See, God has called you to an abundant life. You are invited to abundance, and you are to witness to the people. Not so that nations will bow down in fear of our mighty military. Not so that nations will bow down to worship at the altar of our economy. But so that nations see how we are a people who have compassion for one another and want to have part of that dream. Nations will come to us and want to be like us, because our God is not some distant ethereal other, but is living and breathing in the work of our hands and feet. Nations will want to come to be a part of us because they will see that the abundant life we live is one where all people are welcomed to the table. And nations will come and want to be with us, people will want to come and worship with us, because they will know that here they will find baskets filled with bread and fish who are compassionate and share in the abundant life.
This abundance does not come without struggle, for we all have unsettled wrestling matches that prevent us from fully experiencing the abundance. We have all been there wrestling with God out of anger, fear, or mistrust. We have all experienced at one time or another a loss of abundance, a loss of life, a loss of trust. But in that moment when we were injured, hurt, seemingly left all alone…what brought us back? An invitation to abundant living! A loved one who would not let us go. A friend who knew just what to say, or knew to say nothing at all. A stranger who stepped outside their comfort zone to be with us. Or God in the form of some sort of angel or another, stepping in to rescue us from despair and give us the bread and fish we needed.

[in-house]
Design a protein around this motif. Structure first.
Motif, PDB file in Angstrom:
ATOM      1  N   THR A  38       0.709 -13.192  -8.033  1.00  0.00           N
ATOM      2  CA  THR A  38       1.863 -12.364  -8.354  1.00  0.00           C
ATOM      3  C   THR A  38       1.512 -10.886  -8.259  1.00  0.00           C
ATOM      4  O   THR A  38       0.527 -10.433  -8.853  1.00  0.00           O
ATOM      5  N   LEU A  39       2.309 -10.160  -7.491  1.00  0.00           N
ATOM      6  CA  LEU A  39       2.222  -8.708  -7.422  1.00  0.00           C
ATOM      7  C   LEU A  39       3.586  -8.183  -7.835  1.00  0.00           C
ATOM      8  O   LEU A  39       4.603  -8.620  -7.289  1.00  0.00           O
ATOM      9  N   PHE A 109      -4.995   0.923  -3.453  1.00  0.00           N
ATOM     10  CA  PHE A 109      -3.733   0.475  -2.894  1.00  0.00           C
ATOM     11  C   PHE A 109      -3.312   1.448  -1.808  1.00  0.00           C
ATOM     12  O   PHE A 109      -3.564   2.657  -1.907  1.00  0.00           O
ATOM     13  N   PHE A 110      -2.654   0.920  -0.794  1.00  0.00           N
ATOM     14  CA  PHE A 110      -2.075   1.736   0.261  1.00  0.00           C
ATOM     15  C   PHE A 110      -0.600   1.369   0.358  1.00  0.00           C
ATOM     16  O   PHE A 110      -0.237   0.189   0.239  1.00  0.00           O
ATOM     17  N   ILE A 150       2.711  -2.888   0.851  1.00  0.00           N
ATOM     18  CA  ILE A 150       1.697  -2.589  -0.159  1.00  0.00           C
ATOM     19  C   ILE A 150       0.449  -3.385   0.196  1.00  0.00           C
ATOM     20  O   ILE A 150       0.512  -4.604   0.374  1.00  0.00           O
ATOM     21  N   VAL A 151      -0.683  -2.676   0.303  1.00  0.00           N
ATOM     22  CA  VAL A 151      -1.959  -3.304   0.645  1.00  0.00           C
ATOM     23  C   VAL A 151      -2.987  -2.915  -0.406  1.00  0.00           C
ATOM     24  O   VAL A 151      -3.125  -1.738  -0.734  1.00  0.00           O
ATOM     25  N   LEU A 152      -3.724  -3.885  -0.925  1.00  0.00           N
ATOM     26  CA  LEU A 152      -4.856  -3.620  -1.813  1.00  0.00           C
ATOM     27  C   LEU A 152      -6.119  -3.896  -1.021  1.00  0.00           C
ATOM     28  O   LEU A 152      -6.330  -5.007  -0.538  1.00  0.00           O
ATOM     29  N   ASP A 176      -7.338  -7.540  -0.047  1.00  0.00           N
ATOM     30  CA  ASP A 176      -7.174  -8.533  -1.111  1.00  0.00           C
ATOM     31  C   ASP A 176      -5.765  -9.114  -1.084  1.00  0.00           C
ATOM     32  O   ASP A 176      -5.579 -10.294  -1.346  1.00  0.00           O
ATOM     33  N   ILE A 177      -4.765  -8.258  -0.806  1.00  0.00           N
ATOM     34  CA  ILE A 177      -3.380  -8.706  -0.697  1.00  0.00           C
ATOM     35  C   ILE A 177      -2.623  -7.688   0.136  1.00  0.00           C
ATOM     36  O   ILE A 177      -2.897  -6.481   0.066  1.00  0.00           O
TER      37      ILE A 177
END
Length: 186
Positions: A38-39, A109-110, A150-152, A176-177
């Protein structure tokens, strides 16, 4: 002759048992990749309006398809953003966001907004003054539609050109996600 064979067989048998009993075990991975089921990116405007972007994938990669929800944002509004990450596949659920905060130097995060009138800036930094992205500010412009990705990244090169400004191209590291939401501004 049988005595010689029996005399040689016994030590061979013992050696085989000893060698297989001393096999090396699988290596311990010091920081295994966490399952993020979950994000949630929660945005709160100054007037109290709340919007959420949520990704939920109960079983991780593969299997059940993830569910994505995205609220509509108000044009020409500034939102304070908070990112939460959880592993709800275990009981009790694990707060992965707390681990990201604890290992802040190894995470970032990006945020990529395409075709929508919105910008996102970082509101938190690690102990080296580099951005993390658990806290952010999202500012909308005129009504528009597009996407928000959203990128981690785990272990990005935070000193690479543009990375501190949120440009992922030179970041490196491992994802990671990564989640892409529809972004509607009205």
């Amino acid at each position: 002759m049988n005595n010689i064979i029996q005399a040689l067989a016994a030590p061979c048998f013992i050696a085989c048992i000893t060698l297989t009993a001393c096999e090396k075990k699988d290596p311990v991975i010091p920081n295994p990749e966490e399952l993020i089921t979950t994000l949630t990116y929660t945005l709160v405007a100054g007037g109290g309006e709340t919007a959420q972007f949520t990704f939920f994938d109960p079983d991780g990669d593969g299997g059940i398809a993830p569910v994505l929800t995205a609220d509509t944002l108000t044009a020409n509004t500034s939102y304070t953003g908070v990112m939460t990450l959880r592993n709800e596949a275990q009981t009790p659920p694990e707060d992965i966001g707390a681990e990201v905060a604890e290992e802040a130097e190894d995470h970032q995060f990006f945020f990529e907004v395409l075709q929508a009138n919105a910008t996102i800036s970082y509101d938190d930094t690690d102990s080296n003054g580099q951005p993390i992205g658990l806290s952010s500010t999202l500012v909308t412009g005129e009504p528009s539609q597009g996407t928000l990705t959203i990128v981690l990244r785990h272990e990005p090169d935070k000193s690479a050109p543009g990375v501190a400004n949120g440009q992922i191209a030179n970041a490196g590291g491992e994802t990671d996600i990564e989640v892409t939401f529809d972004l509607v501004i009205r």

Abundant living is not necessarily pain-free living; but compassionate, caring; loving and sharing, in this life Jesus has called us to live. Abundant living is being in the boat in the middle of the lake reflecting on our pain and sorrow, and yet noticing that there are others who need our help. Abundant living is multiplying God’s eternal love for us to the world so that they may too live abundantly.
You may not be able to help 30 million people, or 500,000 people, or 900 people, or even 20 people…but you and I both know you are thinking of one right now! And if that one person is the only one you invite into abundant living today, tomorrow, this week…then that is one more than yesterday or last week. One more to reduce the statistic, one more to multiply the loaves and fish, one more opportunity for you to live into your invitation to abundant life!
How often have we come to Jesus, come to God and said, “I don’t have enough, I cannot possibly do x,y,or, z!” How many times have we approached our church as a building and said, “We are just a little church, what can we possibly do?” How many times have we gone to God and said, “I am just one-person, what difference can I make?” My friends, we are the loaves and fish, we are the living and breathing bread of life that Jesus has blessed and multiplied. We are the fish that are meant to be shared. We are the disciples of Jesus whom he sends to feed the nations. And when we go forth and follow in Jesus’ footsteps, when we come ashore and tend to the needy, when we actually have compassion for our fellow brothers and sisters who need us the most; that is when all will be fed, none will go away hungry, and God’s invitation to abundant life glorified. So let us RSVP our invitation to abundant living with compassionate hearts, open arms, and baskets filled and ready to share, Amen!